Well Oiled: Oil and Human Rights in Equatorial Guinea

Well Oiled: Oil and Human Rights in Equatorial Guinea

Human Rights Watch | July 9, 2009
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An in-depth analysis of the history and politics of Equatorial Guinea that accuses the government of Equatorial Guinea of human rights abuses, corruption, and economic mismanagement.

"Since 1968, the year Equatorial Guinea gained independence from Spanish colonial rule, the country has been run by a succession of repressive dictatorships. Until the mid-1990s it was one of the more closed countries in the world; generally what little international comment it attracted was for its dismal human rights record. But that all changed when significant oil reserves were discovered off the country’s coast in 1995. As one of the world’s newest oil hotspots, Equatorial Guinea garners global attention as a valuable source of natural resources. Its government, however, is setting new low standards of political and economic malfeasance: billions of dollars in oil revenue have not translated into widespread economic benefits for the population or dramatic improvements in human rights, making Equatorial Guinea a classic example of an autocratic and opaque oil-rich state. (...)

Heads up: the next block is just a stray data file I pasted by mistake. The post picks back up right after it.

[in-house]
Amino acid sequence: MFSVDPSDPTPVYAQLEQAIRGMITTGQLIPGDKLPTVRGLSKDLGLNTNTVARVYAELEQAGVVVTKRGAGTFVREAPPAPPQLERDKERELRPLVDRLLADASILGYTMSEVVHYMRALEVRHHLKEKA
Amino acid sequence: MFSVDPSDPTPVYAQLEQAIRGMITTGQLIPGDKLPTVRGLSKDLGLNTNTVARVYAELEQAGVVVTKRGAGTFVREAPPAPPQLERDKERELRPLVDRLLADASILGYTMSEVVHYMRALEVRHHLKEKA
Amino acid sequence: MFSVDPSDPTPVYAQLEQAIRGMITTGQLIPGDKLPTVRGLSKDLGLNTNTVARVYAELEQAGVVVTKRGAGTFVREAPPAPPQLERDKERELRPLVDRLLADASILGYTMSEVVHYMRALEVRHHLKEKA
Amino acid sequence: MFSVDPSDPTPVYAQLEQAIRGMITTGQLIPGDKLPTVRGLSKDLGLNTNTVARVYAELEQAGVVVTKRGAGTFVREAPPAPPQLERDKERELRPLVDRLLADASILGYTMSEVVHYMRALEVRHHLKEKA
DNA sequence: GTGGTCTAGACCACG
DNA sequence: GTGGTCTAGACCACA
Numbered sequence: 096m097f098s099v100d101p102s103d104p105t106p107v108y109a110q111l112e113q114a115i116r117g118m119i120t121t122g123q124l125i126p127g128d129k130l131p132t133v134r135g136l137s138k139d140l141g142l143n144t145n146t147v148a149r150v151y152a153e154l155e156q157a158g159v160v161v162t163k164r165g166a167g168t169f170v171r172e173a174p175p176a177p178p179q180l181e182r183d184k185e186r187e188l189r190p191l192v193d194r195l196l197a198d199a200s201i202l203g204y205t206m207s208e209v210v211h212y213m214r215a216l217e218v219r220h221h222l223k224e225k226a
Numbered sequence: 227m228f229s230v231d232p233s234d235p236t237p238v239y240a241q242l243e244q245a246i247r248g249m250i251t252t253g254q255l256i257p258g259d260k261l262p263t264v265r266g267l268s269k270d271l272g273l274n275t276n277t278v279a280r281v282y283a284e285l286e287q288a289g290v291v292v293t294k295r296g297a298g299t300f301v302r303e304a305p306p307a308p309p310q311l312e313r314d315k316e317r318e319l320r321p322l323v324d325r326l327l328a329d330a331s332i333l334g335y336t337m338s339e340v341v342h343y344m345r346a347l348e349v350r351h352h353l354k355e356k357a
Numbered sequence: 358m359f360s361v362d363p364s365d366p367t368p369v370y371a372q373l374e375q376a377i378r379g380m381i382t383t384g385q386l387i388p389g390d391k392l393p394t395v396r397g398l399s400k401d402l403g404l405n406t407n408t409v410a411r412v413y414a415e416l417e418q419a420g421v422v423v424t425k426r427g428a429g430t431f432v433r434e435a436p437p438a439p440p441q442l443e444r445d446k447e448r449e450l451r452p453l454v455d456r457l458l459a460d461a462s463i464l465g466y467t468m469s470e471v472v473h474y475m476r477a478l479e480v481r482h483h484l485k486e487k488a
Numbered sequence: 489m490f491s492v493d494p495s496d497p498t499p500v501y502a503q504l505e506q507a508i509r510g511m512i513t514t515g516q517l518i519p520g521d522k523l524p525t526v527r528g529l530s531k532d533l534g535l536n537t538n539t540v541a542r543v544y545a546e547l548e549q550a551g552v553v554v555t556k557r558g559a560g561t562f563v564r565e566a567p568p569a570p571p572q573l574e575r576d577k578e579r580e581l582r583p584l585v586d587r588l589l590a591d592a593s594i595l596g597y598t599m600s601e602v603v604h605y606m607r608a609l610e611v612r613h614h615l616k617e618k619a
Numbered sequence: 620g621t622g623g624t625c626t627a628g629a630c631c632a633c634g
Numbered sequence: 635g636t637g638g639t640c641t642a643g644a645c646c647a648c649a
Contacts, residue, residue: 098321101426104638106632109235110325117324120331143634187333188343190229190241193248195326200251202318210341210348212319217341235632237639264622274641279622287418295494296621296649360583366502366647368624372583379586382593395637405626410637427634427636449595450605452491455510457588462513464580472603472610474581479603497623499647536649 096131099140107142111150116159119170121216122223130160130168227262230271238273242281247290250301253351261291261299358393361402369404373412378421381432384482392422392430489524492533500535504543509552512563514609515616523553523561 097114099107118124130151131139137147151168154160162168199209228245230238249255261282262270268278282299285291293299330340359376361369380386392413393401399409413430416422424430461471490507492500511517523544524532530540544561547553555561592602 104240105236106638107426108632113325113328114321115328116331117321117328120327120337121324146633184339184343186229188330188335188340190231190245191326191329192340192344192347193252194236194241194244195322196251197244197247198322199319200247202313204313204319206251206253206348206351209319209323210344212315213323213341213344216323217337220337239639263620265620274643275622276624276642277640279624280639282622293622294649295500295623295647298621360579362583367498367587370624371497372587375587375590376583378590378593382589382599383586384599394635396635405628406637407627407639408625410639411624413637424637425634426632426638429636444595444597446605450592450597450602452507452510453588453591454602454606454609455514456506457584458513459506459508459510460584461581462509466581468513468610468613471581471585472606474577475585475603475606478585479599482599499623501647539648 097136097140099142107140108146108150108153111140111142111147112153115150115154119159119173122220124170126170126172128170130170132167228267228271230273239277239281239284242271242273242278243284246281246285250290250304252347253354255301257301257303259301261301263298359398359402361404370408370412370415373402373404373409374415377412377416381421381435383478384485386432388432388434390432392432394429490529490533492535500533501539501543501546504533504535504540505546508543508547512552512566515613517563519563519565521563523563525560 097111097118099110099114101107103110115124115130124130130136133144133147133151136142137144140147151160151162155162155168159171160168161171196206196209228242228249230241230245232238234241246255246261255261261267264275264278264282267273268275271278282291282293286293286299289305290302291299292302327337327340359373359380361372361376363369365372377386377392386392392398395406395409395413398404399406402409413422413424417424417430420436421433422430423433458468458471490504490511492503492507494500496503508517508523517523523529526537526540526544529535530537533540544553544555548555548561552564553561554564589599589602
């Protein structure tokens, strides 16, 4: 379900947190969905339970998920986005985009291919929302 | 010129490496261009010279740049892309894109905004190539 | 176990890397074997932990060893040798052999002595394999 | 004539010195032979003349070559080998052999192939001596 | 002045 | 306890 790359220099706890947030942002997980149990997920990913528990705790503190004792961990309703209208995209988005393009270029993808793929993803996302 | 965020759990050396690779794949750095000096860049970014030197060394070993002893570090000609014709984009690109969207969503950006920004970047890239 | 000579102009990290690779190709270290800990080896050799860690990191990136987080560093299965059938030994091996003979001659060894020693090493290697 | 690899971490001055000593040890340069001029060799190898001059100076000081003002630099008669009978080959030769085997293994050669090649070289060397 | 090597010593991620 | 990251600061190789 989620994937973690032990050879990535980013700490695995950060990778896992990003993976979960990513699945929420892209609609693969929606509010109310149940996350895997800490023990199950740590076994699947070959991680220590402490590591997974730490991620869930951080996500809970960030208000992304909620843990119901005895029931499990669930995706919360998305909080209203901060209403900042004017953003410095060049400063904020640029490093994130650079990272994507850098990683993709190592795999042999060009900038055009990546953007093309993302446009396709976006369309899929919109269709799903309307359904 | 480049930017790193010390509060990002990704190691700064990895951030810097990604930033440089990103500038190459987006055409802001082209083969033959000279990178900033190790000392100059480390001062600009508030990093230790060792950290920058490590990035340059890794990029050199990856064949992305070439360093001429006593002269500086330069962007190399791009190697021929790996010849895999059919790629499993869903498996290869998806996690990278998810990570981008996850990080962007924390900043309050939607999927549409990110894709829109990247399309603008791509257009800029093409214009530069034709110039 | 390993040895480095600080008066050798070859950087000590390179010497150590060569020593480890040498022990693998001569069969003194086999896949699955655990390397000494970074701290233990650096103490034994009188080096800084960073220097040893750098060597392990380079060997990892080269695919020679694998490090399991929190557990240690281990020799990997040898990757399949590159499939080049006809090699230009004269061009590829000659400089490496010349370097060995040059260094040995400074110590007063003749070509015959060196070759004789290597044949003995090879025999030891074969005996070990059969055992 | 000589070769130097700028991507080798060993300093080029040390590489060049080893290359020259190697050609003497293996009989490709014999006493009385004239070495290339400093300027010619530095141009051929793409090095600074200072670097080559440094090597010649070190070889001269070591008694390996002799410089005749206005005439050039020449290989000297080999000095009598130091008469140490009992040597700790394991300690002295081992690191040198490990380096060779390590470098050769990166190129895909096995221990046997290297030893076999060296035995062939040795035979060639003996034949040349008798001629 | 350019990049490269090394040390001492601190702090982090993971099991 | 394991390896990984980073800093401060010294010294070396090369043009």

Oil revenues have provided the Equatoguinean government with the money needed to do a much better job realizing their citizens’ economic and social rights. Government officials have been derelict in taking this opportunity, using public funds for personal gain at the expense of providing key social services to the country’s population, and squandering other potential revenues through mismanagement. The human toll of the continuing chronic underfunding in areas such as education and health becomes starkly apparent when comparing health and literacy levels over the past 10 years: where there was an opportunity for great advances on both fronts using the large oil revenues, the situation either worsened or improved only slightly and not in keeping with corresponding advances in other countries.

Government recognition of the problems and statements suggesting a willingness to improve this situation have yet to move from rhetoric to action...." 


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